Bitcoin has a reputation as a shady crypto-currency, beloved by internet drug pedlars and high-risk investors looking to cash in on its famously unstable market value. But Anthony Di Iorio is hoping that some Torontonians will want to use and exchange Bitcoins in a way that looks and feels a little more normal. He’s the operator of Toronto’s first Bitcoin ATM, opening this week at Spadina and King.
For those unfamiliar with Bitcoin, it’s just a type of electronic currency. It’s “mined” virtually by computers, and it’s typically traded on online exchanges, where users can buy Bitcoins or cash them out in local currency. The system underpinning Bitcoin payments has a sophisticated way of keeping users anonymous, which is why the stuff eventually became the coin of the realm in online drug markets—though it also has plenty of innocuous uses.
The ATM will be located at 64 Spadina Avenue, in a 5,500-square-foot space that Di Iorio, who is the executive director of the Bitcoin Alliance of Canada, has turned into a Bitcoin-business incubator called Bitcoin Decentral. The ATM was built by an Ottawa-based group called BitAccess (Vancouver has a similar ATM that was made by a different company). It had a soft launch on January 1, and Di Iorio intends to open it to the public this week.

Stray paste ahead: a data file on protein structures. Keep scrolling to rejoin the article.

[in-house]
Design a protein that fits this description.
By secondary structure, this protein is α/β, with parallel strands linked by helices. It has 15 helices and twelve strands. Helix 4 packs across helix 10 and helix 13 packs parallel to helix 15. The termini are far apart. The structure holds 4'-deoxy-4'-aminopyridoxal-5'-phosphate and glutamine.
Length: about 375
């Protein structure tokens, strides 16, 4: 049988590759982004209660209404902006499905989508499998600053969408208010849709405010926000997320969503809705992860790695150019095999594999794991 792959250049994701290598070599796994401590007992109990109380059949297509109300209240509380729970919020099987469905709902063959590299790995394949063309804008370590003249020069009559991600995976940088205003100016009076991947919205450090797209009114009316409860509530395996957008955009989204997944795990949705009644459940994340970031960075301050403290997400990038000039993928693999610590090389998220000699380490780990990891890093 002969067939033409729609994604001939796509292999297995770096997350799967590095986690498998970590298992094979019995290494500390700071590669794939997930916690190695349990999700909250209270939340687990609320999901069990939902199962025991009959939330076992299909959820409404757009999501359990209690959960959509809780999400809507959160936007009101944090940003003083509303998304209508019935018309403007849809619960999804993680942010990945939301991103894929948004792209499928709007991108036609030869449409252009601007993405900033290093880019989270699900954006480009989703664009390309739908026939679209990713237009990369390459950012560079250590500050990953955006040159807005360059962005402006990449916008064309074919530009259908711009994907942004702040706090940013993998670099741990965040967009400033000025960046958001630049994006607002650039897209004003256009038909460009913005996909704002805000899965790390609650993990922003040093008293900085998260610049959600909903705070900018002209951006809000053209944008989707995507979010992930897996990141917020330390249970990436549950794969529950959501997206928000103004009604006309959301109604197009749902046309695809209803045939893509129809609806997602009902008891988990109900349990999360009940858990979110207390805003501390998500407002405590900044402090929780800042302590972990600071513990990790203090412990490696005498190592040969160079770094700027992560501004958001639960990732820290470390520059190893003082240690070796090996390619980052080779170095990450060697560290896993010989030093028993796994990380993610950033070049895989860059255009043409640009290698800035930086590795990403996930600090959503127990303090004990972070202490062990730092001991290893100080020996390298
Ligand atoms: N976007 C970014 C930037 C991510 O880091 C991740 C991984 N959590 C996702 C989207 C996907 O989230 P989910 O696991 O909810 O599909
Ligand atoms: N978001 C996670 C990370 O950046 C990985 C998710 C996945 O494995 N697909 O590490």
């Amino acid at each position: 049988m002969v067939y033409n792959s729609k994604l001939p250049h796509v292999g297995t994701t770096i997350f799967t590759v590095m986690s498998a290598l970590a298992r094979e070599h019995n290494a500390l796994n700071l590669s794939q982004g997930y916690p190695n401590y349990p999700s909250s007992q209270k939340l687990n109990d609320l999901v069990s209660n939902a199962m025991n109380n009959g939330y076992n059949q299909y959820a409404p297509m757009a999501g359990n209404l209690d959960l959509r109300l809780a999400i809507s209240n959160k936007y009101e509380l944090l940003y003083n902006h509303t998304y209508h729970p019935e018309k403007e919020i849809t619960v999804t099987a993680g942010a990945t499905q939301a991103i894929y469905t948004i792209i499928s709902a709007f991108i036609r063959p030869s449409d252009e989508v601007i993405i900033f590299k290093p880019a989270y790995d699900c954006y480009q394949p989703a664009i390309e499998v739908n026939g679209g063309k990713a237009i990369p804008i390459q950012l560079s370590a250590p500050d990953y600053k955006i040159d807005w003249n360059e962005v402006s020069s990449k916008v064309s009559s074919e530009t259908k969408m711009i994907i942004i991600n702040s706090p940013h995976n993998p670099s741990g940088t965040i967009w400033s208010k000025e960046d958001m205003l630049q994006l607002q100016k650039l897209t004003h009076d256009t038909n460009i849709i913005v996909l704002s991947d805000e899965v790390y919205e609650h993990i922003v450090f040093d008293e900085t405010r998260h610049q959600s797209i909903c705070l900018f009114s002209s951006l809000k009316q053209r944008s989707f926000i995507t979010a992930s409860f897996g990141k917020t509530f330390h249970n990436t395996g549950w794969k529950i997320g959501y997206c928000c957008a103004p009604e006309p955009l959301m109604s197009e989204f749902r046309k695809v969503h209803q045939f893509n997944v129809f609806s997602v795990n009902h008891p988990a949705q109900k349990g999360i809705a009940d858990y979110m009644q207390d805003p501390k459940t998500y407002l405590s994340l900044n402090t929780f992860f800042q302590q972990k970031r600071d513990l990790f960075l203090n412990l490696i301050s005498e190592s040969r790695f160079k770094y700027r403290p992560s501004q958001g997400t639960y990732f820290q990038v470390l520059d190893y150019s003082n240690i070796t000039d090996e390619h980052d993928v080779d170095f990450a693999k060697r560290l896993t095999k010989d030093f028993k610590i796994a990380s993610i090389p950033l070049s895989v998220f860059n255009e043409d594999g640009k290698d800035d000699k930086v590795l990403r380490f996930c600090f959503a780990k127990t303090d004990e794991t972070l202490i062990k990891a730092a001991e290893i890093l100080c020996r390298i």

The machine is supposed to simplify the often-complex process of buying Bitcoins by turning it into a push-button operation. “You walk up to the machine, you put in your phone number, and it sends a PIN to your phone,” Di Iorio said. The ATM uses the phone numbers to track how many Bitcoins each user buys in a day, which Di Iorio says is for regulatory reasons. (The numbers are deleted regularly.) Each time someone places an order for Bitcoins through the ATM, the ATM automatically buys those Bitcoins on an online exchange. Di Iorio will earn a to-be-determined percentage on each transaction. The machine doesn’t dispense cash in exchange for Bitcoins—at least not yet. Di Iorio hopes to have it doing that within the next few weeks.
The ATM and its attendant operations are part of a larger attempt to normalize Bitcoin. Di Iorio thinks it’s possible. “We’re involved in different projects to get more merchants accepting it,” he said. “Bitcoin is the easiest way to send money anywhere in the world.”